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Bible verses about Bible as Word of God
(From Forerunner Commentary)

John 10:35

Jesus is engaged in a discussion in which He is accused of blaspheming God. He uses this scripture, quoting from Psalm 82:6, to support His assertion that He is the Son of God. That verse cannot be declared to be irrelevant; it carries the weight and authority of God because He inspired it. God's Word is truth; what He says is true. We cannot simply discard it because we disagree with it. If we do, we are, in effect calling God a liar.

John W. Ritenbaugh
Revelation 2-3 and Works


 

John 10:35

How clear! It was so clear that those who were challenging Him could not answer Him. "The Scripture cannot be broken" means God's Word is indestructible, no matter how fallible men may regard it. In this case, Jesus means that the Old Testament is inspired, infallible, and authoritative. The New Testament is every bit as authoritative and reliable as the Old, as the same God inspired it for the same overall purpose!

John W. Ritenbaugh
Is the Christian Required to Do Works? (Part One)


 

Colossians 2:9-10

At every turn, it seems, the main object of Gnosticism was to twist the nature of Christ. Some Gnostics believed that Jesus was a man, but that Christ entered into Jesus when He was baptized and left Him right before He died. Other Gnostics believed that Jesus did not really die - because, after all, if He died, then He was not really God. Others believed that He could not have been perfect and sinless because He created matter, which Gnostics believed to be evil. And there were also those who believed that Jesus Christ was a created being - an idea that is still affecting the fringes of the church of God today.

So if we want to counter Gnosticism, we must begin with the truth of Jesus Christ. Paul emphasizes this in verses 9-10: Jesus was the fullness of the divine nature in bodily form, and He is the head, the leader, the sovereign, of every principality and power. Though the Gnostics in their various views always twisted or denied some aspect of the nature and role of Jesus Christ, these truths brought out by the apostle are bedrock beliefs for true Christians.

Also foundational to countering Gnosticism is the truth that Jesus brought. To combat the false knowledge that threatens to plunder our spiritual riches, we must take the Bible as the complete and inspired Word of God, against which we can test any concept, tradition, doctrine, or philosophy, no matter how good it sounds on the surface. Gnostics would not readily accept the Bible as God's inspired revelation, or if they did, they also held that other ancient, secret writings were on par with Scripture, and could be trusted to provide greater insight.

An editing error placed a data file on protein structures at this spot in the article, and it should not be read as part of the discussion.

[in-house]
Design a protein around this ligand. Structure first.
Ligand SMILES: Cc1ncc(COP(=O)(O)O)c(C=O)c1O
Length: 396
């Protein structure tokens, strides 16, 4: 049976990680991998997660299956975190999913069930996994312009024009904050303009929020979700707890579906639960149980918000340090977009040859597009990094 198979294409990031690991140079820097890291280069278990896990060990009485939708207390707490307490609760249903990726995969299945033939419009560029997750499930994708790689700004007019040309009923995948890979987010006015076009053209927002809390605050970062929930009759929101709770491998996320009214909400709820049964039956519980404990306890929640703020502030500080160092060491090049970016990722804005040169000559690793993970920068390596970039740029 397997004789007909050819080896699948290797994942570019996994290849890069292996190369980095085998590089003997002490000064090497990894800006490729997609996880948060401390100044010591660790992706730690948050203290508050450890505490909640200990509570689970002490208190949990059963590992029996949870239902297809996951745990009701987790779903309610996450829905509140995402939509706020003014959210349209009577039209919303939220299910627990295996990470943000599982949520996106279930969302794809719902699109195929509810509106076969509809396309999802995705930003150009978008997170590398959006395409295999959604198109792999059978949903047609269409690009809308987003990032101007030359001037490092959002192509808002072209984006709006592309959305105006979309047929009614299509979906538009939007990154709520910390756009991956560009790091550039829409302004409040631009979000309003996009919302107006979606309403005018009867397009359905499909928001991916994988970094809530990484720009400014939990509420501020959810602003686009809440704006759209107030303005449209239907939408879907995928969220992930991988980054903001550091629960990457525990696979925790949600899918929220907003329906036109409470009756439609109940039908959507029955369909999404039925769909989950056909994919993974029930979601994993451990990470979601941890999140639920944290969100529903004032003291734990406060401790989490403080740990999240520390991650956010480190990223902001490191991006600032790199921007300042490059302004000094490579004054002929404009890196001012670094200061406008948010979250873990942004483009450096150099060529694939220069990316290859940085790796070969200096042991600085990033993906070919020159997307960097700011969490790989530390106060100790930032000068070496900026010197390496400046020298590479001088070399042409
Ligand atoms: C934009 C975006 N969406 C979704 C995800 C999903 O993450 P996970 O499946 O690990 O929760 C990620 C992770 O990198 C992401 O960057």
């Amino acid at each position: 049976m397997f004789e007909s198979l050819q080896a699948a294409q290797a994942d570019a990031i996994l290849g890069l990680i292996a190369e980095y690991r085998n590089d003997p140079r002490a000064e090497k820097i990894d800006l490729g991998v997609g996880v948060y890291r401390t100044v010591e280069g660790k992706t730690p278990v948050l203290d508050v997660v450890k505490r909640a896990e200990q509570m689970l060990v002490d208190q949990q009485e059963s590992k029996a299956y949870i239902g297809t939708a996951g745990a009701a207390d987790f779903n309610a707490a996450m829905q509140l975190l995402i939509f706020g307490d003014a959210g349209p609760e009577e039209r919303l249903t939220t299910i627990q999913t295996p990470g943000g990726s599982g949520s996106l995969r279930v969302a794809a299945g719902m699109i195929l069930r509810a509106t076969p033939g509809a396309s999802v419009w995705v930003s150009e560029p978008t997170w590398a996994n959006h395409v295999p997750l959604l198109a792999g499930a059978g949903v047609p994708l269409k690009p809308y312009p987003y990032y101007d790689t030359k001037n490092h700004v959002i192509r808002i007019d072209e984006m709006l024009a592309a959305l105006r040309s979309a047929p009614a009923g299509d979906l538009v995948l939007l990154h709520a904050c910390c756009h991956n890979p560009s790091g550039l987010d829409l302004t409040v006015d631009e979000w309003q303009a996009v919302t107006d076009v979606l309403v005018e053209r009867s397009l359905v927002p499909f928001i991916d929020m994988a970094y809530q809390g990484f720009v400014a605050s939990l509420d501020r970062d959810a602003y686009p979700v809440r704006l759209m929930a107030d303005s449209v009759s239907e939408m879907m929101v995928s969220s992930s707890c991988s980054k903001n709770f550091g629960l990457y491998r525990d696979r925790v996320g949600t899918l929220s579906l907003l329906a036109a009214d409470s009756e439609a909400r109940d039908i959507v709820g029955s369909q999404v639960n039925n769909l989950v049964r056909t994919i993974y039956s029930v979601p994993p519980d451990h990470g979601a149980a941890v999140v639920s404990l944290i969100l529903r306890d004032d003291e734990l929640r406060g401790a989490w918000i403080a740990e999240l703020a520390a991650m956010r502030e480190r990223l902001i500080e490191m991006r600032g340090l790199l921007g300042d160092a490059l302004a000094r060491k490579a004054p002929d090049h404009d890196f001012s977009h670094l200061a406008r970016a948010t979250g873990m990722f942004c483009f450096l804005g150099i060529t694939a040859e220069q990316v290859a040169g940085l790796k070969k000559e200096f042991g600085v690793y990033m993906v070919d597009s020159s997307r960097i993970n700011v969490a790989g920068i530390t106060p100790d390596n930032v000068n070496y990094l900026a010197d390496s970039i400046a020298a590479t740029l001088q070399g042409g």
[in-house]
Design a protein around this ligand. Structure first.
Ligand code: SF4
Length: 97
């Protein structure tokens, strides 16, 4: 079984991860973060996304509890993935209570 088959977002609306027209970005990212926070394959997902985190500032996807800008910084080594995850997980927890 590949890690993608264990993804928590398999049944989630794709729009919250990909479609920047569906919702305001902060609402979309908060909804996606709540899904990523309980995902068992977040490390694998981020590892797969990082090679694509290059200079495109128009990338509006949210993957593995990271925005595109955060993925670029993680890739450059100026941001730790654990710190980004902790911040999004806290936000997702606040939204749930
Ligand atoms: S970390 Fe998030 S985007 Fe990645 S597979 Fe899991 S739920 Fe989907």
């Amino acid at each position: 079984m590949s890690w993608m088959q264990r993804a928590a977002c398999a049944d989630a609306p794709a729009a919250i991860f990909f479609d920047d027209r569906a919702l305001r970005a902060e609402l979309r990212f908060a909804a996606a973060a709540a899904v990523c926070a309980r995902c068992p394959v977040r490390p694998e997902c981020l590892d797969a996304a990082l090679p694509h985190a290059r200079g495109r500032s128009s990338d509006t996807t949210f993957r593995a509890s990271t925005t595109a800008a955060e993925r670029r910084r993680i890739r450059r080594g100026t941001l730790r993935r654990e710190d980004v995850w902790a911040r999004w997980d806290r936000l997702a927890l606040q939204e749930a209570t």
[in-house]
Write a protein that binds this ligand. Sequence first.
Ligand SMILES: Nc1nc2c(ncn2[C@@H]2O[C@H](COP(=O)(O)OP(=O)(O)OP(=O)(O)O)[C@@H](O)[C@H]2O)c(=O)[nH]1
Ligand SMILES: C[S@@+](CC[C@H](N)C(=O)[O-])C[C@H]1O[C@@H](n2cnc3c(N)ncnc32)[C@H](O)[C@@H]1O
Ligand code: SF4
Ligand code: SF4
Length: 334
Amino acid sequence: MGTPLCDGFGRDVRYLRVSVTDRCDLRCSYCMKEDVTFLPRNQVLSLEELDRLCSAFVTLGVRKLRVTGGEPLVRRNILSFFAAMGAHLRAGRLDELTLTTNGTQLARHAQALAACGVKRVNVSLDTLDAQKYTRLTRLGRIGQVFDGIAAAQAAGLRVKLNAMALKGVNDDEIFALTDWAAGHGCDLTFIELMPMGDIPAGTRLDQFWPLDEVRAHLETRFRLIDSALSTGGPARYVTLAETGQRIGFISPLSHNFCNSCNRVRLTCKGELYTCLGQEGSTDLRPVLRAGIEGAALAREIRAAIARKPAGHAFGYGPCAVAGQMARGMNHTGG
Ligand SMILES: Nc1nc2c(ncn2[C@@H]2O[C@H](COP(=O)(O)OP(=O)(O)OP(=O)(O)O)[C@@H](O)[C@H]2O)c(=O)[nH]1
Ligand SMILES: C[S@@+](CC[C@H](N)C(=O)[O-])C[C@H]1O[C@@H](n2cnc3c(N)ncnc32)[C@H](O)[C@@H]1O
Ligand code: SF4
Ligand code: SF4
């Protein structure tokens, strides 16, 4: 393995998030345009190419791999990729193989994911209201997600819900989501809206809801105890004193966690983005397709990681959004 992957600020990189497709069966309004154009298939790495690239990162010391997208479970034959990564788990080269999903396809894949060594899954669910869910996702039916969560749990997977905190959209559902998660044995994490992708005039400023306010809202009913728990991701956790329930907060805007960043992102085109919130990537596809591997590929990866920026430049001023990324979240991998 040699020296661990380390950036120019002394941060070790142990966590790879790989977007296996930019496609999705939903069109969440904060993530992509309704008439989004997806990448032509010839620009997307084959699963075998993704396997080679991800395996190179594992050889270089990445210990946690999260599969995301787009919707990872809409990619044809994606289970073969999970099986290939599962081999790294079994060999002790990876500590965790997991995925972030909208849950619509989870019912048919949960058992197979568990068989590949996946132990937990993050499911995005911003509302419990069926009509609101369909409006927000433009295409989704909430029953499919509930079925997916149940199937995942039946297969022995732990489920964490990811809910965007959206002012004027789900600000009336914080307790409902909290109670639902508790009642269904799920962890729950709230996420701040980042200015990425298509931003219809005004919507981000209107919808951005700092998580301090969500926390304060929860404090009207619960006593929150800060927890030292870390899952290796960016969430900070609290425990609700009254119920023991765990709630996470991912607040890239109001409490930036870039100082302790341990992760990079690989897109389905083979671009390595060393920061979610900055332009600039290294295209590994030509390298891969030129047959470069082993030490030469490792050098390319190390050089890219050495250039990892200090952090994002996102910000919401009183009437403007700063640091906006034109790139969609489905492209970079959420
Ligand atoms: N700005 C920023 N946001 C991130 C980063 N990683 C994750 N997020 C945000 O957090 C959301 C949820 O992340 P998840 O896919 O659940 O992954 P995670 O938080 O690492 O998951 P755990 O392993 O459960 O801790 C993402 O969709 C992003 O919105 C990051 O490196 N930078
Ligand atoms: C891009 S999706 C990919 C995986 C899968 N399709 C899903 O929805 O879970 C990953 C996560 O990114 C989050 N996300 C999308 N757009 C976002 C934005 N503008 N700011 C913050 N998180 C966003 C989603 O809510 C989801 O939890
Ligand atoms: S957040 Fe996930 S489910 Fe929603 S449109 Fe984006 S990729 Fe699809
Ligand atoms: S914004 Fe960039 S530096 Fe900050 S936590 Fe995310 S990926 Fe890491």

In addition, Gnostics were also avid proponents of "progressive revelation," the belief that God is continuing to reveal His will to mankind, but with the implication that Holy Scripture is not as important as hearing directly from the spirit world. Thus, some today, while not entirely rejecting the Bible, believe that "God" is personally revealing things to them - things which often contradict what He has already given to mankind in the His written Word.

David C. Grabbe
Whatever Happened to Gnosticism? Part Two: Defining Gnosticism


 

2 Timothy 3:16-17

All Scripture is indeed inspired, but we do not necessarily find all Scripture inspiring. There are many reasons for this, but the reality is that we tend to avoid portions of it. For some it might be the long lists of "begats"; for another it might be ancient history; and for a third, prophecy. Some parts of Scripture are more valuable to us at one time than another. However, it is certainly true that all of it is valuable according to our circumstance, and God has made it available when needed if we will tap into it. As He says, we are to live by God's every word.

In an overall sense, the Bible is about government: God's, man's, and the self's. It shows how man rejects God's government through sin; how man's rule over others is abusive; and how man needs to learn to govern himself, or nothing will ever work for the good of all. Yet, it is also a book about faith, hope, love, and deliverance from our desperate circumstances, for each of these is important in how one responds to or uses government.

John W. Ritenbaugh
The Offerings of Leviticus (Part One): Introduction


 

 




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